I mentioned in my last post that I wanted to write about my experience using various self-publishing distributors as an Indie author. My intention with this post is to share my experience – and hopefully give good advice – to other authors starting out. This information is relevant to UK authors as it applies to distributors that have printers and warehouses in the UK and Europe.
Before I started out on my Indie author journey with The Buddha’s Bone a few months ago in June, I felt confused and overwhelmed by the amount of options available for self-publishing, and I wanted the most user-friendly option to begin with: my goal was getting a professionally designed book to a worldwide audience at as low a cost as possible. I had previously used Lulu publishing to print and distribute my novella Zombie Reflux and issues of the literary ezine I run, Bindweed Magazine so I was familiar with this, though found it hard to use and wanted to look at different options.
Amazon KDP – Ebook: As a starting point for both the ebook and paperback versions of my book, I chose to use KDP as it is straightforward to use. For the Ebook, you can download Kindle Creates to format your doc or doc X file; however, I chose to directly upload my doc X file and then check through it with the previewer. What’s helpful about the previewer is that you can check how it would look on a phone, tablet and Kindle reader via a drop-down menu. It was also simple to upload my book cover as a JPEG and to enter the book metadata (title, blurb, contributor details, etc). The only downside to be wary of is that you can’t use unusual fonts, as they will not show as intended; I had tried to use a simple curly graphic in Wingdings font, appearing under each chapter number and it showed up as a plain box. But a great benefit is that the Ebook version also allows you to set a date for publication; I chose to set mine for pre-order on 25th October, to give me time to start sending out ARC copies. Another plus for using Kindle for your Ebook is that it’s free and you can do multiple revisions before your publication date. If you want you can check out the Kindle version of The Buddha’s Bone to see what it’s like. Overall user level: easy.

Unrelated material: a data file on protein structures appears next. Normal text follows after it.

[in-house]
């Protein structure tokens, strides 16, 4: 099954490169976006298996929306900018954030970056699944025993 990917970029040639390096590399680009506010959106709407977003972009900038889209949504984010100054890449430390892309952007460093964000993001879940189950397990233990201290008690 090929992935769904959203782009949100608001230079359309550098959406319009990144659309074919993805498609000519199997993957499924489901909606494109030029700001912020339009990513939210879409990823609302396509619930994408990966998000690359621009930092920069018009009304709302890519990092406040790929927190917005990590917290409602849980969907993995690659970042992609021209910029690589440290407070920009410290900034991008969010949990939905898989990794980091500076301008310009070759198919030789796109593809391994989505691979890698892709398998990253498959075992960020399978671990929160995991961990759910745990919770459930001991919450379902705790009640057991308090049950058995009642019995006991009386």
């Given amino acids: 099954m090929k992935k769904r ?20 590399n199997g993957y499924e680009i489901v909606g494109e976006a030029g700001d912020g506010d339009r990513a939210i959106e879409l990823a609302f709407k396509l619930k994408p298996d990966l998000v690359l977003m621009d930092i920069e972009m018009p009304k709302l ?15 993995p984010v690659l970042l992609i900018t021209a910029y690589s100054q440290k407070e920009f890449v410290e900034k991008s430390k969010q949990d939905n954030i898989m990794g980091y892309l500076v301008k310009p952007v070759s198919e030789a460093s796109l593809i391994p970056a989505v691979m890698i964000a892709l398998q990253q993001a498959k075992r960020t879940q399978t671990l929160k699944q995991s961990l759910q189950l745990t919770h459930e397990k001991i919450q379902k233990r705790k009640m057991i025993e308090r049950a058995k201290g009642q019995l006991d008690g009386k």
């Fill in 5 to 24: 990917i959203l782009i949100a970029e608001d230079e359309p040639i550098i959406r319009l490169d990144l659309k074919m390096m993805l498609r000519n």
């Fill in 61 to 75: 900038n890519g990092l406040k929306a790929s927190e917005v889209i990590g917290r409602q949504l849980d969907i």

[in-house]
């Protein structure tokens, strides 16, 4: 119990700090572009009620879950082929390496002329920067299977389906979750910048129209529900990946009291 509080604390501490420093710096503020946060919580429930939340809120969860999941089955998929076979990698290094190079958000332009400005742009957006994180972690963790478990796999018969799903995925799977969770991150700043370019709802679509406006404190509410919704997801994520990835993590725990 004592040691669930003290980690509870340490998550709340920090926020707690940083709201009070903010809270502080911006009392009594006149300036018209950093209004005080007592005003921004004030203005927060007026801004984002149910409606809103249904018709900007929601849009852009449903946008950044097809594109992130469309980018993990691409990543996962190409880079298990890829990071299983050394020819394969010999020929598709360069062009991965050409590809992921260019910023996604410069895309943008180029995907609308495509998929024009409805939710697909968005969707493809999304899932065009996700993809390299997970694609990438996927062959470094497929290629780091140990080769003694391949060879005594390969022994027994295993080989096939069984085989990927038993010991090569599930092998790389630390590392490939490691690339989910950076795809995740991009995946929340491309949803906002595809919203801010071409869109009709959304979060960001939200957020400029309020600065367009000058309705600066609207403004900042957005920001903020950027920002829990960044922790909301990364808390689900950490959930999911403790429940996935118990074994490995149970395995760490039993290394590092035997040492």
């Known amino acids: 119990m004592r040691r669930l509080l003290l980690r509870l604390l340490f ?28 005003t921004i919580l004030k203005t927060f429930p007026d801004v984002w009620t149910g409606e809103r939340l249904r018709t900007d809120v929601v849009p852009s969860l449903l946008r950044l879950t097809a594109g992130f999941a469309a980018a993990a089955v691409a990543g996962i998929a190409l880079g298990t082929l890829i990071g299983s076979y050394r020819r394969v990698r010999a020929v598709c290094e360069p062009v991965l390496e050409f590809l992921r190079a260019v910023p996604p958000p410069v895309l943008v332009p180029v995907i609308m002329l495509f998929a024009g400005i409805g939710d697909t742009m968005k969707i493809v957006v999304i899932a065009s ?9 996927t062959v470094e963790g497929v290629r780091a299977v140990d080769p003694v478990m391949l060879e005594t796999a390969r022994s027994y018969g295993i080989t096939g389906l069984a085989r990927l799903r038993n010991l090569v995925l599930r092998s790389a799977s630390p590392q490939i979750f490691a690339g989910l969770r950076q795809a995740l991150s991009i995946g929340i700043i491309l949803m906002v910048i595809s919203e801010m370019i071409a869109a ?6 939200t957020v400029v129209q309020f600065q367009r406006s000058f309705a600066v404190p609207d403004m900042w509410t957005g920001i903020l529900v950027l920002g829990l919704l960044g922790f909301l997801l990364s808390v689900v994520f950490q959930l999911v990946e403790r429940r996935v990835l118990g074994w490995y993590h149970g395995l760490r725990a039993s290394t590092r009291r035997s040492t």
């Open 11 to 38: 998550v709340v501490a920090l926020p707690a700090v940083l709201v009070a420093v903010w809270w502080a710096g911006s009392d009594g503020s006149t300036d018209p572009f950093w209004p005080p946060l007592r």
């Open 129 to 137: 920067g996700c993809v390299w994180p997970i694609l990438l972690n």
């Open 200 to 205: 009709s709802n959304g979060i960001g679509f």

Amazon KDP – Paperback: There is a simple, very user-friendly option for your paperback: you can download a template that is already formatted with page numbers, header, and typeset ready for you to literally copy and paste across your finished work. It opens as a word document. The only formatting I had to do was to tick the boxes for Widow and Orphan control (single lines appearing at the top or bottom of pages) found in the paragraphs ‘line and page breaks’ section. Then I saved my typeset novel as a PDF to preserve layout and uploaded it. Using the cover designer was also straightforward, though a bit fiddly at times. I used the cover designer as I didn’t have a finished PDF of my work. This involved selecting a layout and uploading my cover art. You have the option to include front and back cover art individually, though I chose to upload one full cover of front, back and spine without the barcode, which I designed on Canva. Author tip – KDP will generate a barcode for the ISBN that you enter: it won’t show on the proof copy, but it will show on the previewer and published book (I have known authors who have paid handsomely for a barcode, only to find out later that KDP will put their own on top of it anyway). I uploaded my full cover as a PNG so that I could see how it would fit with the bleed and trim (areas to be cut off at the edges) shown as dotted lines. This bit was fiddly for me and involved some tweaking to make sure my title and photo wouldn’t be too close to the trim zones. Making a print copy on KDP is free to do, and you can print proof copies that will have a ‘not for resale’ logo; on the plus-side, you can check for typos and order up to five copies if you want to use them as ARCs, as I’ve done, but a downside is that you can’t set your book for pre-order. Take care: I have heard of some authors who said that they assumed the paperback copy would be set to the pre-order publication date that they had chosen for their Ebook and were surprised to see it go ‘live’ straightaway. As for mine, I have saved it as a draft, which I’ll publish on the 25th October when the Ebook goes live. Overall user level: intermediate.
Amazon – exclusive or expanded distribution: On KDP you basically have two options for publishing a paperback: exclusive to Amazon, or expanded distribution. Which route you choose depends on what you want to gain as a publisher of your own books. You can do both routes using the free Amazon ISBN provided, or using your own ISBN as I did. With exclusive you get higher royalties per copy sold (above 60%) as the book will sell only through Amazon. With expanded you get lower royalties (around 40%) but your book will be distributed in libraries, schools and other online retailers. I chose exclusive, as I had already set the price of £8.99 and registered that with Nielsen, where I bought my ISBNs. Choosing Amazon expanded distribution means you have to set a higher retail price as your royalties will be lower – in my case, over £10.63 according to my page count. I wouldn’t imagine too many readers would be willing to buy a paperback from a new author for over a tenner, though that’s conjecture; I may be wrong. For me though, I wasn’t willing to take the risk.